President Cyril Ramaphosa is on Tuesday expected to host the United Kingdom’s Prime Minister Theresa May, who will be in the country for a working visit.
“The working visit by Prime Minister May seeks to further cement economic relations built up over several decades,” the Presidency said in a statement.
During tomorrow’s visit in Cape Town, May will present President Ramaphosa with the SS Mendi Bell, which was found in the English Channel a year ago.
In 1917, the SS Mendi suffered disaster in what has been described as one of the 20th century’s worst maritime disasters in UK waters.
On 21 February 1917, a large cargo steamship, Darro, collided with Mendi in the English Channel, south of the Isle of Wight. Mendi sank, killing 646 people, most of whom were black South African troops.
About 616 South Africans, 607 of which were black troops, plus 30 crew members, mostly from Britain, died in the tragedy. About 139 of the soldiers who died were from the Eastern Cape.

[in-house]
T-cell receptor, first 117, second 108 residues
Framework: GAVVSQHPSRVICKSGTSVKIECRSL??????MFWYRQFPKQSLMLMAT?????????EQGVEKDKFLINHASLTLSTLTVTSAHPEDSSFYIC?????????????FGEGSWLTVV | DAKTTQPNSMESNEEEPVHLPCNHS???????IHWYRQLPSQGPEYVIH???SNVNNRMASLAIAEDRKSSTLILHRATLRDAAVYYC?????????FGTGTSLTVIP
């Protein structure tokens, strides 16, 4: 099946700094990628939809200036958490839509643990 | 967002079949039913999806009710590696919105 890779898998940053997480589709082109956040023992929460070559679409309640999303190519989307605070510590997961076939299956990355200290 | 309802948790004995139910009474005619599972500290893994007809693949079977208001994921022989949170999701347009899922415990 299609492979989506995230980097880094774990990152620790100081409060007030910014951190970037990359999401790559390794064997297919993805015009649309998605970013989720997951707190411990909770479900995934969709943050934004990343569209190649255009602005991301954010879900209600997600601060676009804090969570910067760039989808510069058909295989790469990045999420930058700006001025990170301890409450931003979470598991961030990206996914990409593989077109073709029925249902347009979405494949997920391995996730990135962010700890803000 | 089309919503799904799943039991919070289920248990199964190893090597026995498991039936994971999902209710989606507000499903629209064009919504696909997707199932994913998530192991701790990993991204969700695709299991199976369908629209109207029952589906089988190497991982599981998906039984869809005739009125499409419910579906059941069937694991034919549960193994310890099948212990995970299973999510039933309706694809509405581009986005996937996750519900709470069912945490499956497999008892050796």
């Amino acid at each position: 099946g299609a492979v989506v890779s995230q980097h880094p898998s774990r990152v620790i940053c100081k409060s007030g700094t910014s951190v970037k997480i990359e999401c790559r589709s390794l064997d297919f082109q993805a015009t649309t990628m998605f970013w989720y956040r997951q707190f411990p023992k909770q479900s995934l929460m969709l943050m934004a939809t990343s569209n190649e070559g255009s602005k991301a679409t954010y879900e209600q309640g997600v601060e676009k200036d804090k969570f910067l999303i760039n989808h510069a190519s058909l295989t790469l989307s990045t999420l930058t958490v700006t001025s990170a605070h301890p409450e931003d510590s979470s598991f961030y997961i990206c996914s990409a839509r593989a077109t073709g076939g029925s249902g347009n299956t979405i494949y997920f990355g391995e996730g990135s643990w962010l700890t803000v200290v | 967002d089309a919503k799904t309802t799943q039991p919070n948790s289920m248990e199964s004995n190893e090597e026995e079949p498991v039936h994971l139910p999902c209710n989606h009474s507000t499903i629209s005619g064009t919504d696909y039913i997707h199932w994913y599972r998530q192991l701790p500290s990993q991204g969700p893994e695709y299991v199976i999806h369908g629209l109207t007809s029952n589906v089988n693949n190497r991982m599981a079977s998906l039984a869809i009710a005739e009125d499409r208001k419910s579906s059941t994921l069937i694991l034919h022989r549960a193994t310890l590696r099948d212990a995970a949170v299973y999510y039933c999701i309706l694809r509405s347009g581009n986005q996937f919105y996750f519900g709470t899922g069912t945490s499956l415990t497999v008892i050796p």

The SS Mendi ship was chartered by the British government as a troop carrier to serve in World War 1, carrying 823 members of the fifth battalion.
They had completed 34 days of the voyage from Cape Town to England and were on their way to France to the war when tragedy struck in the English Channel.
In 2017, the South African government commemorated the centenary of the sinking of SS Mendi.
“The handing over of the SS Mendi Bell to the people of South Africa is a mark of respect for the shared history and bilateral friendship between the two countries,” the Presidency said.
The working visit follows bilateral meetings between President Ramaphosa and Prime Minister May during the Commonwealth Heads of Government Meeting (CHOGM) in London earlier this year.
In those talks, the two leaders discussed potential partnerships between the United Kingdom and South Africa and efforts to strengthen bilateral trade and investment relations.
Bilateral relations between South Africa and the United Kingdom are strong, covering a range of areas of cooperation linked to both governments’ priorities.
These relations are managed through a Bilateral Forum at the ministerial level, which meets biennially.
The UK was South Africa’s sixth largest global trading partner in 2017, with total trade at R79.5 billion.
The UK also remains the key source of long-haul tourism to South Africa, with nearly 448 000 visitors in 2017.